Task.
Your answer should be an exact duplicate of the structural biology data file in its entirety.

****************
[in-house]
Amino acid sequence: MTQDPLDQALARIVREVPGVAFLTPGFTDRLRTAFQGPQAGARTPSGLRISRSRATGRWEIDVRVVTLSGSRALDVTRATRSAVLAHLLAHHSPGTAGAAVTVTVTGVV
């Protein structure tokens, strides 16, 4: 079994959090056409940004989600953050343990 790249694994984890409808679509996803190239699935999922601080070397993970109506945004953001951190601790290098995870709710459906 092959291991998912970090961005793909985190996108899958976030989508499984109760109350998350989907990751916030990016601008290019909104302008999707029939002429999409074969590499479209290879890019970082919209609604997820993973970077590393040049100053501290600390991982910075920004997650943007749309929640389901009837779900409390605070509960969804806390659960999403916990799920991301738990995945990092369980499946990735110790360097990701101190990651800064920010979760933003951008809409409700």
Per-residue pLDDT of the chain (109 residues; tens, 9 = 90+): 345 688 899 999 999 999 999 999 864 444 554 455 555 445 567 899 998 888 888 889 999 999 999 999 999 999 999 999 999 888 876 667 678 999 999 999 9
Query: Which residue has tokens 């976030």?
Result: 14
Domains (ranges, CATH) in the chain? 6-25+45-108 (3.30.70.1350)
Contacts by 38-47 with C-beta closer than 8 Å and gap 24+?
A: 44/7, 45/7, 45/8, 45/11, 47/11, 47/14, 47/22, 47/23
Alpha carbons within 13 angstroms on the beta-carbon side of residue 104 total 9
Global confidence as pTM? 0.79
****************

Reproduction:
[in-house]
Amino acid sequence: MTQDPLDQALARIVREVPGVAFLTPGFTDRLRTAFQGPQAGARTPSGLRISRSRATGRWEIDVRVVTLSGSRALDVTRATRSAVLAHLLAHHSPGTAGAAVTVTVTGVV
């Protein structure tokens, strides 16, 4: 079994959090056409940004989600953050343990 790249694994984890409808679509996803190239699935999922601080070397993970109506945004953001951190601790290098995870709710459906 092959291991998912970090961005793909985190996108899958976030989508499984109760109350998350989907990751916030990016601008290019909104302008999707029939002429999409074969590499479209290879890019970082919209609604997820993973970077590393040049100053501290600390991982910075920004997650943007749309929640389901009837779900409390605070509960969804806390659960999403916990799920991301738990995945990092369980499946990735110790360097990701101190990651800064920010979760933003951008809409409700």
Per-residue pLDDT of the chain (109 residues; tens, 9 = 90+): 345 688 899 999 999 999 999 999 864 444 554 455 555 445 567 899 998 888 888 889 999 999 999 999 999 999 999 999 999 888 876 667 678 999 999 999 9
Query: Which residue has tokens 């976030």?
Result: 14
Domains (ranges, CATH) in the chain? 6-25+45-108 (3.30.70.1350)
Contacts by 38-47 with C-beta closer than 8 Å and gap 24+?
A: 44/7, 45/7, 45/8, 45/11, 47/11, 47/14, 47/22, 47/23
Alpha carbons within 13 angstroms on the beta-carbon side of residue 104 total 9
Global confidence as pTM? 0.79